The National Bureau of Economic research has published an article comparing live teaching and online teaching.*
Students in a large introductory microeconomics course at a major research university were randomly assigned to live lectures versus watching these same lectures in an internet setting, where all other factors (e.g., instruction, supplemental materials) were the same. Counter to the conclusions drawn by a recent U.S. Department of Education meta-analysis of non-experimental analyses of internet instruction in higher education, we find modest evidence that live-only instruction dominates internet instruction. These results are particularly strong for Hispanic students, male students, and lower-achieving students.
My problem with the study is that it compares the blandest-but-neccessary form of live teaching with the absolutely blandest form of online teaching. When teaching a large group, lectures are almost the only low-tech way to go.
-there was a movie years ago that displayed a lecture hall. In the first lecture, I think everyone was there. In the second lecture, the professor was absent and an audio system delivered his canned lecture. In the third lecture, no one was there: at the front of the class was a big, professional looking audio tape player and at each student desk there was a small mini-cassette recorder.-
Online lessons do not need to, and should not, resemble in-class lessons. I am still uncertain what a good online lesson needs to go or even how it can be measured. Still, I can make some reasonable suggestions and form a reasonable picture.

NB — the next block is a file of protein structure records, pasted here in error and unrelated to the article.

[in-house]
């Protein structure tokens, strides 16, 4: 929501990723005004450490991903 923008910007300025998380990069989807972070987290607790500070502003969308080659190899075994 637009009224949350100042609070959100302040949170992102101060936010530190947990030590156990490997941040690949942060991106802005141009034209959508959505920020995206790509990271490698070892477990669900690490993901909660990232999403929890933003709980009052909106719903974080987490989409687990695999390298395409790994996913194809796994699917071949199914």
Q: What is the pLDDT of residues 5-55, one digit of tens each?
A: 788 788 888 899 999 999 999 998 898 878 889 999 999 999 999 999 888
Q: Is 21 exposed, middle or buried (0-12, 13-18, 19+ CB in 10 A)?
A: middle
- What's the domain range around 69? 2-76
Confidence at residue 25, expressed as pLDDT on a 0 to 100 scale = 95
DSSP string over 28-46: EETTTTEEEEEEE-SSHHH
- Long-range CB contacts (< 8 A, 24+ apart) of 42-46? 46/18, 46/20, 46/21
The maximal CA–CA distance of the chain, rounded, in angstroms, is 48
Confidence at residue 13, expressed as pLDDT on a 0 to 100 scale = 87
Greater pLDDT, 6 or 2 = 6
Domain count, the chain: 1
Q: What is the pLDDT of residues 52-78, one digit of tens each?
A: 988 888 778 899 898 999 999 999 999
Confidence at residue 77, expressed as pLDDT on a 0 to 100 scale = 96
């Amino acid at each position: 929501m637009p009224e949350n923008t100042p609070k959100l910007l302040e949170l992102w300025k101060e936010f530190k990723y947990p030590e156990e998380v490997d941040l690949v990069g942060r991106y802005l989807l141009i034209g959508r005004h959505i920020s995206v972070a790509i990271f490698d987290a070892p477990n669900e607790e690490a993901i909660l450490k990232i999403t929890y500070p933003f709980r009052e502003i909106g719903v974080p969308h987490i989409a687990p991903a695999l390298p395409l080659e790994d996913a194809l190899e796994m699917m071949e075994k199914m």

First, the audio, visual and written components remain important but but are no longer the entire content of the lesson. Before I go into the other components, I feel these basics can be improved and want to offer a suggestion. E-book content: The text could be read anywhere and done so while listening to the audio as most reader devices include mp3 players. The thing is, this is not a groundbreaking or particularly original thought. I would, at a minimum, compare a live lecture to an online lecture, downloadable text and downloadable audio. The study above is comparing what I presume is excellent live-lecture delivery (good acoustics, the opportunity for questions and interaction, good sight-lines…) and crippled internet delivery (the mere video).
We might as well compare my bike to a car that can only use first gear and is limited to the carrying capacity of my bike. My bike would look pretty good but even I would admit cars are not so limited.
Next, what else can be offered online? To be fair, the study is only comparing lecture delivery – perhaps both groups could access other material online.
- Sample tests can easily be placed there – both to prepare the students and to let the prof know if he taught the stuff he thought he taught.
- Peer review has great potential online. Students write essays, or post the notes they took during the lecture, and classmates -and the prof- can look them over to see what they missed or misheard.
- Links from the lecture is another obvious thing to add. Case studies, journal articles, popular press reports and other content could be added.
- The biggest problem with supplemental material online is the urge to add bells and whistles (this may even be a literal complaint – we don’t always need sound effects in educational software. Sound effects that continue beyond a second quickly seem too long). Cute graphics and gifs have their place, but can be easily overused as can varying fonts and colours in the text.
Again, a lecture is great way to send content one-way, but the internet is all about the two-way flow of information. The article seems to be comparing my bike to a crippled car or an apple and a piece of watermelon that has been carved into apple shape.
An excellent website for learning Korean is at Sogang. Here is an excellent and professional website that does teaching right. I would say it is insufficient in itself, but that’s true of any part of the learning experience.
* “live teaching and online teaching” – that looks weird. I wanted “live teaching and online learning” but teaching and learning aren’t really synonyms. This really fits the heart of my complaint with the article.